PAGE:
“Pretty bad for patients, pretty good for industry profits.”
The Supreme Court has ruled on Riegel v. Medtronic, one of several preemption cases before the Court right now. (NYT, Newsday) In the words of Allison M. Zieve, the lawyer for Donna Riegel, the decision is "pretty bad for patients, pretty good for industry profits." The Court upheld the lower courts' decisions and ruled that since the heart catheter at issue in the case had received the FDA's premarket approval, manufacturers were thus shileded from state-based lawsuits related to the catheter's safety.
From the NY Times:
Justice Ruth Bader Ginsburg was the lone dissenter on Wednesday, asserting that the majority had adopted an unnecessary “constriction of state authority.” Justice Ginsburg said she did not believe that Congress had intended to bring about “a radical curtailment of state common-law suits seeking compensation for injuries caused by defectively designed or labeled medical devices.”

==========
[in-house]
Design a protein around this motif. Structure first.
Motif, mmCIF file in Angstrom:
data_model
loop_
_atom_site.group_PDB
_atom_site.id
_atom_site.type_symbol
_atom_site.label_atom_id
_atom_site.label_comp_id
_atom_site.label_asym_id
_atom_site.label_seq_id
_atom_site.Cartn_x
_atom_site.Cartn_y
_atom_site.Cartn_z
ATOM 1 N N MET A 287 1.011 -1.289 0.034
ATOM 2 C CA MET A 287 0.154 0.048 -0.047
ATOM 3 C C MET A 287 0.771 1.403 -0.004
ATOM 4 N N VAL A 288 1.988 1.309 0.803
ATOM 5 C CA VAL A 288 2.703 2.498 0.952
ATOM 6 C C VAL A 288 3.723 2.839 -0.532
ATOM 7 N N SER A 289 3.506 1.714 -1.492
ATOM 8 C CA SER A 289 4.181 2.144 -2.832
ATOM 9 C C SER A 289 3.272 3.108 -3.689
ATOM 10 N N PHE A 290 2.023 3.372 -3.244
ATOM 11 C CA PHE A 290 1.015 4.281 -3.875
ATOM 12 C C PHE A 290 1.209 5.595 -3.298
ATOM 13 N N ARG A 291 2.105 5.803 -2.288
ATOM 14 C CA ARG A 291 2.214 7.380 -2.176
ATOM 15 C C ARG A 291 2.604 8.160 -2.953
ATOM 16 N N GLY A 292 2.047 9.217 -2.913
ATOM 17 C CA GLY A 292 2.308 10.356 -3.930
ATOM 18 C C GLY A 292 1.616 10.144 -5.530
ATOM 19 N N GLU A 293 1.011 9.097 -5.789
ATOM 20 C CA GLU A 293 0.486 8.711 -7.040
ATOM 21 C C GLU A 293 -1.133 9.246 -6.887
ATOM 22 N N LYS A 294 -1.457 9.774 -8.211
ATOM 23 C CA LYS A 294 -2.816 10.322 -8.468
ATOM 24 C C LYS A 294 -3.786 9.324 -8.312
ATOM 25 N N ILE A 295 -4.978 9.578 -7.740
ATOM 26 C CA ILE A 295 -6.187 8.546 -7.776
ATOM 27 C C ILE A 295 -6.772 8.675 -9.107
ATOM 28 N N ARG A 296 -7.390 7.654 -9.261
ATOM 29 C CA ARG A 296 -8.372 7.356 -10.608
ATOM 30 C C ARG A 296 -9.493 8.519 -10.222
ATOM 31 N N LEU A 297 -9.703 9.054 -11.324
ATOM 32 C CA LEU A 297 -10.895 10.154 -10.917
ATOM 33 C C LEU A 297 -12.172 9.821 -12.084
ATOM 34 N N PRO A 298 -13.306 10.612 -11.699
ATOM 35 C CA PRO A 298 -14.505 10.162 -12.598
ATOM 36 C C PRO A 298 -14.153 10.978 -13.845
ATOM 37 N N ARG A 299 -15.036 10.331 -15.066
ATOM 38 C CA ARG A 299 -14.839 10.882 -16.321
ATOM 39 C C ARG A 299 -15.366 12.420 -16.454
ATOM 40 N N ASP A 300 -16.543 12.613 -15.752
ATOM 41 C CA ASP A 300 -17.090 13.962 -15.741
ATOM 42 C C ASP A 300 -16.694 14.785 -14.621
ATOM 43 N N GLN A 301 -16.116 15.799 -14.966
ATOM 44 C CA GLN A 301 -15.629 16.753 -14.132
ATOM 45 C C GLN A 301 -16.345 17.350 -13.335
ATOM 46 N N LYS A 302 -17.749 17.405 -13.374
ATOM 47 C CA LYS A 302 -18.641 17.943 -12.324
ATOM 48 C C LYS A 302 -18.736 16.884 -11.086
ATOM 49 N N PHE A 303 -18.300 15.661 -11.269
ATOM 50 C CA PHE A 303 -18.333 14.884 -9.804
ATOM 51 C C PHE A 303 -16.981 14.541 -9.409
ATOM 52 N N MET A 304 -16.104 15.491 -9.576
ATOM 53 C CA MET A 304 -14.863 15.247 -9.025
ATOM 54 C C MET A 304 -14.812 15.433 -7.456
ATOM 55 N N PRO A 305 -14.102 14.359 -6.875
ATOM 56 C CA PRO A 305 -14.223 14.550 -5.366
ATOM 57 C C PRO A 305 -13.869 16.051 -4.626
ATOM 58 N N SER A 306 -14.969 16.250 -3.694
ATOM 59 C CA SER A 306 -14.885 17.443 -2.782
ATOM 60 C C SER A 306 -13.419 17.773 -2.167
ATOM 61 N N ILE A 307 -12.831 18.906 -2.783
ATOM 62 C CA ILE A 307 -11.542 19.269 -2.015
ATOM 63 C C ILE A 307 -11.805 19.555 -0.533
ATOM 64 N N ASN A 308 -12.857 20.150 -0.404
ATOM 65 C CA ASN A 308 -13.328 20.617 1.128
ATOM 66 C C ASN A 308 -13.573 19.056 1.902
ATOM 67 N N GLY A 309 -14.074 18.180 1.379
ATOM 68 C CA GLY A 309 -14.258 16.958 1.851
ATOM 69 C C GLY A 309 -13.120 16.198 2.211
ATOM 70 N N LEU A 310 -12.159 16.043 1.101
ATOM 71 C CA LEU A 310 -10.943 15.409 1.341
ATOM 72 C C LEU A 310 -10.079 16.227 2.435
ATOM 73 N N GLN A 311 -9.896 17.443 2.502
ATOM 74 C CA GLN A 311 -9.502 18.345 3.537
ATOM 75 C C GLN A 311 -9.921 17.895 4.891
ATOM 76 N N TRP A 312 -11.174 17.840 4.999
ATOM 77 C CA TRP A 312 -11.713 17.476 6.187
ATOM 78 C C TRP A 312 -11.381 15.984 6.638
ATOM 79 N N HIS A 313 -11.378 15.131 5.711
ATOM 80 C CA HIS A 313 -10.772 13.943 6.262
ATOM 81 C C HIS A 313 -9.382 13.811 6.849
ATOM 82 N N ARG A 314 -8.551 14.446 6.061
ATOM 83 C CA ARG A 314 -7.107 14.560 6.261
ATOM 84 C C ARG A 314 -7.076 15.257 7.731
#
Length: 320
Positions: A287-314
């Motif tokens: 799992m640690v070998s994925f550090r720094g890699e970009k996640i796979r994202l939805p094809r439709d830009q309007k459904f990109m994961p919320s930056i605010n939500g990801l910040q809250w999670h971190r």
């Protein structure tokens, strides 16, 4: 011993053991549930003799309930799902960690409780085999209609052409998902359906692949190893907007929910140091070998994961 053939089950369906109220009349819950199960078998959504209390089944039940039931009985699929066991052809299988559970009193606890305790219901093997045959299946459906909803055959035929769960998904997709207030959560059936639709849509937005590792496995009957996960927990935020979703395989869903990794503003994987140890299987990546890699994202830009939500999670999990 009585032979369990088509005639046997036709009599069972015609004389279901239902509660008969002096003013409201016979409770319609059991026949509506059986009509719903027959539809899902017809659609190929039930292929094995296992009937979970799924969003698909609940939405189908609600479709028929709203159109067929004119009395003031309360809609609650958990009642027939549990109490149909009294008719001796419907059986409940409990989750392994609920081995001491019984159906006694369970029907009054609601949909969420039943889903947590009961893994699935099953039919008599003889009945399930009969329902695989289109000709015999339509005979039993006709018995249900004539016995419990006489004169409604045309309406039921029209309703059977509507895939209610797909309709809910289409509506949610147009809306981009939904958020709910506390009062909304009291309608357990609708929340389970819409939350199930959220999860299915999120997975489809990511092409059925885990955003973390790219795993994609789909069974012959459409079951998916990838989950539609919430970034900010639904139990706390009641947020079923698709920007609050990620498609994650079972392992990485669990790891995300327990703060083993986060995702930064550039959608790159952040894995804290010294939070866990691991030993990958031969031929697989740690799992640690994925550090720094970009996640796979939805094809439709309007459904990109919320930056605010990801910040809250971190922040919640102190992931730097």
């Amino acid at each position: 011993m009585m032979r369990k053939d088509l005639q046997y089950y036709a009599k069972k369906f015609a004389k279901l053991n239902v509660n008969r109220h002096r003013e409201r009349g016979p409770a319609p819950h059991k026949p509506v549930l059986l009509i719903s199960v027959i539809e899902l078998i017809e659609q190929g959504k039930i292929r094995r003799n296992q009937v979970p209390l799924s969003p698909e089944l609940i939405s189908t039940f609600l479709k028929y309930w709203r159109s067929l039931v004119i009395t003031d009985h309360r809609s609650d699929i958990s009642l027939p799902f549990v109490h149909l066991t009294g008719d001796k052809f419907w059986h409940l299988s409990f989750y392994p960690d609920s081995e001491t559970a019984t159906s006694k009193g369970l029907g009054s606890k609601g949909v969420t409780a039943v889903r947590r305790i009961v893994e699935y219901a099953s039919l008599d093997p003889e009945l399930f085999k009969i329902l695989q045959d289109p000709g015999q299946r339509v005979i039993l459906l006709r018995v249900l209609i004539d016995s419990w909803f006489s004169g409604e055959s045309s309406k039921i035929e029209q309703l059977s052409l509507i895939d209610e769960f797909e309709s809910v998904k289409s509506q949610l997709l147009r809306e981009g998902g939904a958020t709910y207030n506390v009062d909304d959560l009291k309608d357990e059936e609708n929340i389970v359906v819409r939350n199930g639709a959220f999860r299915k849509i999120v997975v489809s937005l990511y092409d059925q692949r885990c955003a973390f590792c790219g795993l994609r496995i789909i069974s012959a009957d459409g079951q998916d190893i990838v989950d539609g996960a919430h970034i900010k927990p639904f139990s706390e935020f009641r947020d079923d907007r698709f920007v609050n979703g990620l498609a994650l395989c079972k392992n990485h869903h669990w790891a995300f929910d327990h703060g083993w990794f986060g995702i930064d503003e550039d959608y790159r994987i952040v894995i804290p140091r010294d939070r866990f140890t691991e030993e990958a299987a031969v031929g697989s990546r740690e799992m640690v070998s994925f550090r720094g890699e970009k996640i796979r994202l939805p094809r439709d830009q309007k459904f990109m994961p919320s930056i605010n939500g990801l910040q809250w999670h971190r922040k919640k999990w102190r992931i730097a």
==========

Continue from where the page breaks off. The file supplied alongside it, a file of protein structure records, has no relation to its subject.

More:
For more on federal agency preemption, also see the Federal Preemption section of the Presidential Platform for Civil Justice.
Here's some of our previous coverage of the Riegel case:
WILL MANUFACTURERS OF DEFECTIVE MEDICAL DEVICES BE GRANTED IMMUNITY FROM LAWSUITS? by Michael Townes Watson
Supreme Court to hear two “preemption” cases, by Alex Sugerman Brozan
LA Times Article on Medtronic Case Gets it Right
Kia Franklin: Author Bio | Other Posts
Posted at 1:57 PM, Feb 20, 2008 in Federal Preemption | In the News | Preemption | Presidential Election | Supreme Court Rulings
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